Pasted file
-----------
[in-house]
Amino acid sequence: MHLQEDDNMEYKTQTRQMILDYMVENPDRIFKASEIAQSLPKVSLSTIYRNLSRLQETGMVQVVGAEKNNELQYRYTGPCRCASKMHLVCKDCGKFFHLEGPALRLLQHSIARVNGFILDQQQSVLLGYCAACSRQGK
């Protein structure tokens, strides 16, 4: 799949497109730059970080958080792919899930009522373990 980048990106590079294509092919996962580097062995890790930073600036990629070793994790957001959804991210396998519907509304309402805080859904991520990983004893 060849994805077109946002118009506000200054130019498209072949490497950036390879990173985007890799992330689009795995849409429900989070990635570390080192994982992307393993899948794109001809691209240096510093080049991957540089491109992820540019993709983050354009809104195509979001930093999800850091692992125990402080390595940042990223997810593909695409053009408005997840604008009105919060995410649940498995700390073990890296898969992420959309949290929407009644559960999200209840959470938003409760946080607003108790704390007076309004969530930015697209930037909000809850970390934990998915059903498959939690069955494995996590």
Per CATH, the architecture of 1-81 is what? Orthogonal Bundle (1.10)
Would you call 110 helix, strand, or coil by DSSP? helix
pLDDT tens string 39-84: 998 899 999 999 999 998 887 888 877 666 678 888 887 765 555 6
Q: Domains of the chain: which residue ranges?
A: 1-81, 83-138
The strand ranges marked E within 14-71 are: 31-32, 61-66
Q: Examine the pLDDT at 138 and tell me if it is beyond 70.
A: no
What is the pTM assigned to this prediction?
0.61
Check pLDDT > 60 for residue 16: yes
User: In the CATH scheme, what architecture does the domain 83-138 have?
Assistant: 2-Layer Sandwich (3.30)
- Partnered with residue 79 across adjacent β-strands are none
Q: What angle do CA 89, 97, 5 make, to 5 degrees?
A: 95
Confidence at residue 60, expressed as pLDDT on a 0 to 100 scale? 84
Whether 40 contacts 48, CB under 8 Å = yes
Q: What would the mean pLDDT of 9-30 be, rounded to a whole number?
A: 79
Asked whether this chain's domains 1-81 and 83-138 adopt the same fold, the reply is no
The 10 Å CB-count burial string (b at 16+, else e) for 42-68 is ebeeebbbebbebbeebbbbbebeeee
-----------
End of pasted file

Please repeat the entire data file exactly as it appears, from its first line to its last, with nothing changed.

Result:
[in-house]
Amino acid sequence: MHLQEDDNMEYKTQTRQMILDYMVENPDRIFKASEIAQSLPKVSLSTIYRNLSRLQETGMVQVVGAEKNNELQYRYTGPCRCASKMHLVCKDCGKFFHLEGPALRLLQHSIARVNGFILDQQQSVLLGYCAACSRQGK
């Protein structure tokens, strides 16, 4: 799949497109730059970080958080792919899930009522373990 980048990106590079294509092919996962580097062995890790930073600036990629070793994790957001959804991210396998519907509304309402805080859904991520990983004893 060849994805077109946002118009506000200054130019498209072949490497950036390879990173985007890799992330689009795995849409429900989070990635570390080192994982992307393993899948794109001809691209240096510093080049991957540089491109992820540019993709983050354009809104195509979001930093999800850091692992125990402080390595940042990223997810593909695409053009408005997840604008009105919060995410649940498995700390073990890296898969992420959309949290929407009644559960999200209840959470938003409760946080607003108790704390007076309004969530930015697209930037909000809850970390934990998915059903498959939690069955494995996590």
Per CATH, the architecture of 1-81 is what? Orthogonal Bundle (1.10)
Would you call 110 helix, strand, or coil by DSSP? helix
pLDDT tens string 39-84: 998 899 999 999 999 998 887 888 877 666 678 888 887 765 555 6
Q: Domains of the chain: which residue ranges?
A: 1-81, 83-138
The strand ranges marked E within 14-71 are: 31-32, 61-66
Q: Examine the pLDDT at 138 and tell me if it is beyond 70.
A: no
What is the pTM assigned to this prediction?
0.61
Check pLDDT > 60 for residue 16: yes
User: In the CATH scheme, what architecture does the domain 83-138 have?
Assistant: 2-Layer Sandwich (3.30)
- Partnered with residue 79 across adjacent β-strands are none
Q: What angle do CA 89, 97, 5 make, to 5 degrees?
A: 95
Confidence at residue 60, expressed as pLDDT on a 0 to 100 scale? 84
Whether 40 contacts 48, CB under 8 Å = yes
Q: What would the mean pLDDT of 9-30 be, rounded to a whole number?
A: 79
Asked whether this chain's domains 1-81 and 83-138 adopt the same fold, the reply is no
The 10 Å CB-count burial string (b at 16+, else e) for 42-68 is ebeeebbbebbebbeebbbbbebeeee